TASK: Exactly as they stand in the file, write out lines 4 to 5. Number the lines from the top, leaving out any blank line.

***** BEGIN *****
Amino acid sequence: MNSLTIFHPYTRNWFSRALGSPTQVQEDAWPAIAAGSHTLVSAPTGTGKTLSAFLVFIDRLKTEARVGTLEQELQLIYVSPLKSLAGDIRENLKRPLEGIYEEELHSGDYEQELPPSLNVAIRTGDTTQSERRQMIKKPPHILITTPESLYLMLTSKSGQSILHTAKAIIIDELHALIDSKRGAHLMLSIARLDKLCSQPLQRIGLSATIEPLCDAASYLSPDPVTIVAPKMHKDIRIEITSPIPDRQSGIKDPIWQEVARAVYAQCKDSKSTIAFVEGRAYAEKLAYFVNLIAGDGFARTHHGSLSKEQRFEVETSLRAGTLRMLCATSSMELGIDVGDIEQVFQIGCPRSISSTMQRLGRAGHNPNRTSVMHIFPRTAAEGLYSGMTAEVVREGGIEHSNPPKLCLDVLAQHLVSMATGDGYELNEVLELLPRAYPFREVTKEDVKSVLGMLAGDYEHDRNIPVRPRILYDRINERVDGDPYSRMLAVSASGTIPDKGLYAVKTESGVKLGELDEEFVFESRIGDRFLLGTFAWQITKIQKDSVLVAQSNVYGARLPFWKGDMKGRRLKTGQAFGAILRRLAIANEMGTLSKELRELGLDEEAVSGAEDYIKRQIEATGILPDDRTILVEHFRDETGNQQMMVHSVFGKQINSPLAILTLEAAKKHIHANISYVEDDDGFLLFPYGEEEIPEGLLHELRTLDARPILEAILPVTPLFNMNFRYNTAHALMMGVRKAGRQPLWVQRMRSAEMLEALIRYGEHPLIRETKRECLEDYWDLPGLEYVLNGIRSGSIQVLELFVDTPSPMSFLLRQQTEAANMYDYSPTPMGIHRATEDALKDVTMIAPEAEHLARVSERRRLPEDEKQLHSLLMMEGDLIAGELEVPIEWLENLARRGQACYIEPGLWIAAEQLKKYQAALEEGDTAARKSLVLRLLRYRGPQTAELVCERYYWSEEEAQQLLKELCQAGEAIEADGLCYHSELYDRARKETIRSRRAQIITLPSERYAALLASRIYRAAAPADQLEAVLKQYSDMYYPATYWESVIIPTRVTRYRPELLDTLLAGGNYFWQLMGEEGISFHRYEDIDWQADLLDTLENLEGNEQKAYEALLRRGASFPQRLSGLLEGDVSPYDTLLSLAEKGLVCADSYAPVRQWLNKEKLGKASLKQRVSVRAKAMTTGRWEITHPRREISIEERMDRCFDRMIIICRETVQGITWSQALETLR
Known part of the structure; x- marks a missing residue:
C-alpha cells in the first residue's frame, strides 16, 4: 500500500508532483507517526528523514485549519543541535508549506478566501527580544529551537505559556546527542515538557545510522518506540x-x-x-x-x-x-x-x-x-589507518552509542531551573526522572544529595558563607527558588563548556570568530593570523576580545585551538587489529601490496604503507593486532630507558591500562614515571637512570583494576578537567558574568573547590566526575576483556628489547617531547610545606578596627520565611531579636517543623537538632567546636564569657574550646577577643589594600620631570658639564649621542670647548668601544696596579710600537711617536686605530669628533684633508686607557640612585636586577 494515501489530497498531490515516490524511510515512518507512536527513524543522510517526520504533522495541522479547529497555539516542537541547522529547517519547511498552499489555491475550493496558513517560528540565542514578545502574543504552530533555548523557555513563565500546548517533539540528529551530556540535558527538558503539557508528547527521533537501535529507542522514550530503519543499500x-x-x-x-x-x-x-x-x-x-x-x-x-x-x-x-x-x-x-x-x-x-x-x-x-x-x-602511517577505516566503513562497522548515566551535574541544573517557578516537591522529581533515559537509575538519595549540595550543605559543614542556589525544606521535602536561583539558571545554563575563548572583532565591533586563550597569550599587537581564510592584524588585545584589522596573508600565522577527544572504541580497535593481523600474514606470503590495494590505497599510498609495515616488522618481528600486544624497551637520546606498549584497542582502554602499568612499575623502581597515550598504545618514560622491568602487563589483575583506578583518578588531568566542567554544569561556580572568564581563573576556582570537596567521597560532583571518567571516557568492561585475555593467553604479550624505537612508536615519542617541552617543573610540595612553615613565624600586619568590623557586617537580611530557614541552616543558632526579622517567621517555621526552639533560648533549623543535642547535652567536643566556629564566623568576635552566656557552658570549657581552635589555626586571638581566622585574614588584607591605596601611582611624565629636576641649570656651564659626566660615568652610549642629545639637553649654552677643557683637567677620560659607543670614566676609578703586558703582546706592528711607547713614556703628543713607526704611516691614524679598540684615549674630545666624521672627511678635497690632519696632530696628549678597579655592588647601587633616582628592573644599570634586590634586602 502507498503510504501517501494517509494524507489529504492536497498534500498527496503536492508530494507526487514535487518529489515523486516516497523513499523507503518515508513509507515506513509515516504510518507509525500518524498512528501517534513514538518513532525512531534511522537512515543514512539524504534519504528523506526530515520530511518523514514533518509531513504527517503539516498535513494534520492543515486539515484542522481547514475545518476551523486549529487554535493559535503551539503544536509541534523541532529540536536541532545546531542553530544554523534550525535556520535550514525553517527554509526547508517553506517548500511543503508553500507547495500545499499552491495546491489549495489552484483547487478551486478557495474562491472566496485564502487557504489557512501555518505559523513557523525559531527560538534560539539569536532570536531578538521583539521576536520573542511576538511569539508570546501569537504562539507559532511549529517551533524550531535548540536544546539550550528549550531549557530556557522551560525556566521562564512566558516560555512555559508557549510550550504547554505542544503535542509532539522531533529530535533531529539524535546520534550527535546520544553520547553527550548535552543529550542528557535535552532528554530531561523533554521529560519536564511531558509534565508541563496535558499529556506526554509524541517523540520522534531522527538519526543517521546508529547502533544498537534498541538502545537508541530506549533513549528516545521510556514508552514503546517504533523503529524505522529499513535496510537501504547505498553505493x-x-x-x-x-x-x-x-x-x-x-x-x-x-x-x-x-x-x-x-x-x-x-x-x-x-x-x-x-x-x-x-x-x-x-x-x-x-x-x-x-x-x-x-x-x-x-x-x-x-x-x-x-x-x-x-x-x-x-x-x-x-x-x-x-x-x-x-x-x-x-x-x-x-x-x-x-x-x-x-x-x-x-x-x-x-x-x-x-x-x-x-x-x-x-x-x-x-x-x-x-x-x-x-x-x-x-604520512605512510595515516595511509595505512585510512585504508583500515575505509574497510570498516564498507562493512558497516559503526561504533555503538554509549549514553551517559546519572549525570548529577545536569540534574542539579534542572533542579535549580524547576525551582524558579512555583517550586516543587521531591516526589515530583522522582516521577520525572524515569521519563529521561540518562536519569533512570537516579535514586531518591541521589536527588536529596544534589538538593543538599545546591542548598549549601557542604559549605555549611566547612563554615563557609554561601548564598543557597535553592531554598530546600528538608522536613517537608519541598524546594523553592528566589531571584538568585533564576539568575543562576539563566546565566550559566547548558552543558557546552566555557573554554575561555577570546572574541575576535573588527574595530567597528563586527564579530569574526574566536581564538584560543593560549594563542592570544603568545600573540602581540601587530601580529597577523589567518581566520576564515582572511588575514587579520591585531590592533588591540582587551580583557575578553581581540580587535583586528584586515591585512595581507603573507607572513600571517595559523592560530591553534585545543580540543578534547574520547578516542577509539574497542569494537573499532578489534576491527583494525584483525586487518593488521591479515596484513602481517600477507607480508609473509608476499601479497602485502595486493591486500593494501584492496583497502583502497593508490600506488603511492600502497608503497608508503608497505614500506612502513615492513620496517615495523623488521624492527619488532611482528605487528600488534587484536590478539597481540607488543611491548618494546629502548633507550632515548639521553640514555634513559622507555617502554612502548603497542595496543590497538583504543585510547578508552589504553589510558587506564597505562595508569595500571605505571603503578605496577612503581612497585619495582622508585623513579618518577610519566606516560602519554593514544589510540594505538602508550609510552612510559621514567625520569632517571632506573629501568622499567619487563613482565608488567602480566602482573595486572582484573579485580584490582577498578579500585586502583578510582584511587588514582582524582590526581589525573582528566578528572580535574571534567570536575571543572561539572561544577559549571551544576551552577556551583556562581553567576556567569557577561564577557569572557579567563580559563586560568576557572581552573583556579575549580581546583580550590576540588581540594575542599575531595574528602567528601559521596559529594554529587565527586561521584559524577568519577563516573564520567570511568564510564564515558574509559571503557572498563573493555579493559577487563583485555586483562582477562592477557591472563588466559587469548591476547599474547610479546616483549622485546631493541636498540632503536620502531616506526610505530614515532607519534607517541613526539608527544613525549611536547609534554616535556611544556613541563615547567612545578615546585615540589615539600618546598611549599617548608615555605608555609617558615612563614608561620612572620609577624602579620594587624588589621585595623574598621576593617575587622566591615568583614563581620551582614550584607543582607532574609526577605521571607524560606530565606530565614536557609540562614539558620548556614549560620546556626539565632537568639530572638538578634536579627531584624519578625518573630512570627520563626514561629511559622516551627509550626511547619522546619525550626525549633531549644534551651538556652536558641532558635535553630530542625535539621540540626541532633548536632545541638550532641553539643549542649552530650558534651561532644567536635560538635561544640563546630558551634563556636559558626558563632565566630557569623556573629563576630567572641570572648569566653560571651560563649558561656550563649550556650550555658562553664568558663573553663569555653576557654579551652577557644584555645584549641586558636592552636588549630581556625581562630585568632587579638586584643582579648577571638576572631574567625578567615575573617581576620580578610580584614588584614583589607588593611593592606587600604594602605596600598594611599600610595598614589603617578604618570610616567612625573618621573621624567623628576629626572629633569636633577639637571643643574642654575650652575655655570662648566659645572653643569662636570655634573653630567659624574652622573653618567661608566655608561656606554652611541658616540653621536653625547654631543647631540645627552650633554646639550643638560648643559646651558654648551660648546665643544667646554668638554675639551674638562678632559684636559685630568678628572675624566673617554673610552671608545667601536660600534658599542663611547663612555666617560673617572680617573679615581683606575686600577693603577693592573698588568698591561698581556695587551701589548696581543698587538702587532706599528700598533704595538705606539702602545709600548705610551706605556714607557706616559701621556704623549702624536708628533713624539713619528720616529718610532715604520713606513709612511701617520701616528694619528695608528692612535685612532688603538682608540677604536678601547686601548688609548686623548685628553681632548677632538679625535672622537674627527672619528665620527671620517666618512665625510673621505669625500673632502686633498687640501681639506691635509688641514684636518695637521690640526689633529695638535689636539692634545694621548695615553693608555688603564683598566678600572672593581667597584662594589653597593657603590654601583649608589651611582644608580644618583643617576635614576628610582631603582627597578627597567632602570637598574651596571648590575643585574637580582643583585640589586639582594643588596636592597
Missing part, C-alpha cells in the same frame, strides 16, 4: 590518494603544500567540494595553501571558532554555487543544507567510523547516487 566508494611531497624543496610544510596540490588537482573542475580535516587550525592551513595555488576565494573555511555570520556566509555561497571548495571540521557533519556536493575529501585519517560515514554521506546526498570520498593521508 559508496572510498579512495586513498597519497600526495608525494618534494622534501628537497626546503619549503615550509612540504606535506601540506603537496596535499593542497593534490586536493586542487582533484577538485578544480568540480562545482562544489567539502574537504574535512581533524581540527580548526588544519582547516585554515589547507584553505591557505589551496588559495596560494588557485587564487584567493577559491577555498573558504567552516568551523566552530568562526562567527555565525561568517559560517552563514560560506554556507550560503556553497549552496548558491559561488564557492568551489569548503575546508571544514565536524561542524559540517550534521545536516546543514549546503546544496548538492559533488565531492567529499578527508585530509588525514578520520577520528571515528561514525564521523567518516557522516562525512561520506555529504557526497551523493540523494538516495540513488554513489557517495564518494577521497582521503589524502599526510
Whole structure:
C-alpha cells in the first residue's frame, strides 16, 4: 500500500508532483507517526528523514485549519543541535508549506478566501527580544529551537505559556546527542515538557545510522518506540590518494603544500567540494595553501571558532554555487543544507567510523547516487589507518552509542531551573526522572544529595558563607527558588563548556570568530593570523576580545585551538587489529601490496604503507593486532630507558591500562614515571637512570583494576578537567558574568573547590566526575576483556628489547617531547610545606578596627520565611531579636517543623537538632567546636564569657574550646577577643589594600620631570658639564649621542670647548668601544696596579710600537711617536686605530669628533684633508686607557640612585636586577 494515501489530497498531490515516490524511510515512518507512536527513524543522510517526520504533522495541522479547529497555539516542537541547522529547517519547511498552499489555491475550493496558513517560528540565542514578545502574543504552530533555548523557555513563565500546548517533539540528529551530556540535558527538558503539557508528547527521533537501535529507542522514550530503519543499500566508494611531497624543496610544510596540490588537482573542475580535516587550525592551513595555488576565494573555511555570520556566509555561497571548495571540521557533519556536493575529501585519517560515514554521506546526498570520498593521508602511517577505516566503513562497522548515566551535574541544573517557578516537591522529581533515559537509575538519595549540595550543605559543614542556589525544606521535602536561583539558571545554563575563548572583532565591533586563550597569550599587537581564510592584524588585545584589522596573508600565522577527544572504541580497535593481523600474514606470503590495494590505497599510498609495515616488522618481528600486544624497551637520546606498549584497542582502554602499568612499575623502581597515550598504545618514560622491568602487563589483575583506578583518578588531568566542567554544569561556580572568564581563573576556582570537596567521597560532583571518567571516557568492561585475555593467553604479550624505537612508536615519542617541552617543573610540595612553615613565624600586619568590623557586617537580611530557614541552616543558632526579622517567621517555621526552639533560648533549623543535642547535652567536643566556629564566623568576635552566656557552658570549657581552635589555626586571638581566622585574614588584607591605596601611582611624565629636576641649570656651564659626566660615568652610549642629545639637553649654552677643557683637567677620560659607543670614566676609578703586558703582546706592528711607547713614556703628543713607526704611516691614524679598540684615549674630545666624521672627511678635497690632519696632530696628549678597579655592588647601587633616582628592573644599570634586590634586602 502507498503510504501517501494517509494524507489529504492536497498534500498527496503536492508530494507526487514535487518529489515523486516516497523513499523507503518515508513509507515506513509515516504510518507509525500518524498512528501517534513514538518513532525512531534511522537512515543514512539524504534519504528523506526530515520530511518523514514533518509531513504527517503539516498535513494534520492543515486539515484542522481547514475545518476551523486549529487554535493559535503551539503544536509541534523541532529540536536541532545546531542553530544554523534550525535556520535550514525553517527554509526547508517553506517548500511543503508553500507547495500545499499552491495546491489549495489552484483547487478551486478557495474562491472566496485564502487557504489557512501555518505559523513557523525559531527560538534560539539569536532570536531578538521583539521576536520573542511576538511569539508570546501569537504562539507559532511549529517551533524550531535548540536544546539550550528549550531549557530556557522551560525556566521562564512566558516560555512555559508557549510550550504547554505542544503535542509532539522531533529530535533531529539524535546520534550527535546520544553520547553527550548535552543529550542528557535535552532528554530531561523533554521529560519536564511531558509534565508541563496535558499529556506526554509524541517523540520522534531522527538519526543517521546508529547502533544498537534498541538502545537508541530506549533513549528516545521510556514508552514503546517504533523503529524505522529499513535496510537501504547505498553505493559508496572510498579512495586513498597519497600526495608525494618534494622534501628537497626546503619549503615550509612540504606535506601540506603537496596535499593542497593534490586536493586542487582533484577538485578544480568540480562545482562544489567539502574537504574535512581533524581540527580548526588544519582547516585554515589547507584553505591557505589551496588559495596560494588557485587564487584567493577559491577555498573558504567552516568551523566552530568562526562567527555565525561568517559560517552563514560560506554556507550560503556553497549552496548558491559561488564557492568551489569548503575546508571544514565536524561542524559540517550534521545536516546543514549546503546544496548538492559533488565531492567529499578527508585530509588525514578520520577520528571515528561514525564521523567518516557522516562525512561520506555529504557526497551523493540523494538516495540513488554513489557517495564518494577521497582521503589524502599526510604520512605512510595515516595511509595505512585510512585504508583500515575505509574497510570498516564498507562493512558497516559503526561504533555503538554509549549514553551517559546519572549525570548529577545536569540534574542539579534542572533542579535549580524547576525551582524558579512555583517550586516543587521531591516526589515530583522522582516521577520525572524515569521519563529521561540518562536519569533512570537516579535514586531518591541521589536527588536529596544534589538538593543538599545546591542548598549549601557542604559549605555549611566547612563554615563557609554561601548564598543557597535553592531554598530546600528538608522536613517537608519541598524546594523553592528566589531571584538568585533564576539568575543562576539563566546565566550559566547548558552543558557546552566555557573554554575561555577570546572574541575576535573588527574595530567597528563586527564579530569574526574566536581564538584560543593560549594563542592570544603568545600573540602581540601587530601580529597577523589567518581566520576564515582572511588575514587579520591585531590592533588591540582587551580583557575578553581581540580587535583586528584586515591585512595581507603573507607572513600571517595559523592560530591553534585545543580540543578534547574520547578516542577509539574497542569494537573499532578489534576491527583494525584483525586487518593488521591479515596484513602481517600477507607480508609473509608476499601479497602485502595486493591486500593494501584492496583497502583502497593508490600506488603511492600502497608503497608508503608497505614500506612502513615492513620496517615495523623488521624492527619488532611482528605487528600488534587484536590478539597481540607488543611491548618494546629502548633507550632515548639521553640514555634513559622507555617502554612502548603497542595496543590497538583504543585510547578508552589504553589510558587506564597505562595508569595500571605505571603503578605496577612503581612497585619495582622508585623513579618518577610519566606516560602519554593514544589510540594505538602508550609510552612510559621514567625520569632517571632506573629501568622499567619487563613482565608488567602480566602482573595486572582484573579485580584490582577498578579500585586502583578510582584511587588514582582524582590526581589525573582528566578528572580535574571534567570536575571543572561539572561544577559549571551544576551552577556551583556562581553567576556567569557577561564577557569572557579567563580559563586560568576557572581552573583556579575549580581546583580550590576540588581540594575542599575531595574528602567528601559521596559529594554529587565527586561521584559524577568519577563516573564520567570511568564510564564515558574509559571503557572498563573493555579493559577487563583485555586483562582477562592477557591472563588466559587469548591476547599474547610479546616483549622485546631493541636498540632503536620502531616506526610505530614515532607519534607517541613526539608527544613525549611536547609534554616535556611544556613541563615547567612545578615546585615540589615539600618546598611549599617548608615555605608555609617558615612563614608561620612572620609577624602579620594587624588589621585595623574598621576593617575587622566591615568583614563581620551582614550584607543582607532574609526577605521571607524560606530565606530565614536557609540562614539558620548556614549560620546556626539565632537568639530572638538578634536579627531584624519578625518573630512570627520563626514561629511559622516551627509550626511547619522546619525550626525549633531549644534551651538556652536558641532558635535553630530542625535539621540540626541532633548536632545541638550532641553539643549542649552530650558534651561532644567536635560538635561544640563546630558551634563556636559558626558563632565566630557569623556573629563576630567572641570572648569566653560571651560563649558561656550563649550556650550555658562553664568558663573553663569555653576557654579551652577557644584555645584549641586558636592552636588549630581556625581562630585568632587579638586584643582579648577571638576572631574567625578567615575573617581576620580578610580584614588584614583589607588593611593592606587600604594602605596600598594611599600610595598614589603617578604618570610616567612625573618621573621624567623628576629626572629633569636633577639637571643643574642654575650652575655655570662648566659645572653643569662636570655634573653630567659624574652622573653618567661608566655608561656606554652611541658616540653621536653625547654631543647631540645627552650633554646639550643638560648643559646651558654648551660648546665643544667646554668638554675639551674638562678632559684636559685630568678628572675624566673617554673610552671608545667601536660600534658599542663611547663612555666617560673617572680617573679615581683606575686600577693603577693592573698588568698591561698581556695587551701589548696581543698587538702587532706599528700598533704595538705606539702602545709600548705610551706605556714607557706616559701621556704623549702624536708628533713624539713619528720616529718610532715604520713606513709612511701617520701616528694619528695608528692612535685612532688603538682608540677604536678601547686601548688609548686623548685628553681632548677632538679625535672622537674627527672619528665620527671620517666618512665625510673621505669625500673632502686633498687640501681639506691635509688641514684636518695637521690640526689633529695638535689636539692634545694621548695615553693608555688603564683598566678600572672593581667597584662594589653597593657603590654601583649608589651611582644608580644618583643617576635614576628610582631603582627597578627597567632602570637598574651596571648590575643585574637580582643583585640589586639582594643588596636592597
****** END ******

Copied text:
Missing part, C-alpha cells in the same frame, strides 16, 4: 590518494603544500567540494595553501571558532554555487543544507567510523547516487 566508494611531497624543496610544510596540490588537482573542475580535516587550525592551513595555488576565494573555511555570520556566509555561497571548495571540521557533519556536493575529501585519517560515514554521506546526498570520498593521508 559508496572510498579512495586513498597519497600526495608525494618534494622534501628537497626546503619549503615550509612540504606535506601540506603537496596535499593542497593534490586536493586542487582533484577538485578544480568540480562545482562544489567539502574537504574535512581533524581540527580548526588544519582547516585554515589547507584553505591557505589551496588559495596560494588557485587564487584567493577559491577555498573558504567552516568551523566552530568562526562567527555565525561568517559560517552563514560560506554556507550560503556553497549552496548558491559561488564557492568551489569548503575546508571544514565536524561542524559540517550534521545536516546543514549546503546544496548538492559533488565531492567529499578527508585530509588525514578520520577520528571515528561514525564521523567518516557522516562525512561520506555529504557526497551523493540523494538516495540513488554513489557517495564518494577521497582521503589524502599526510
Whole structure: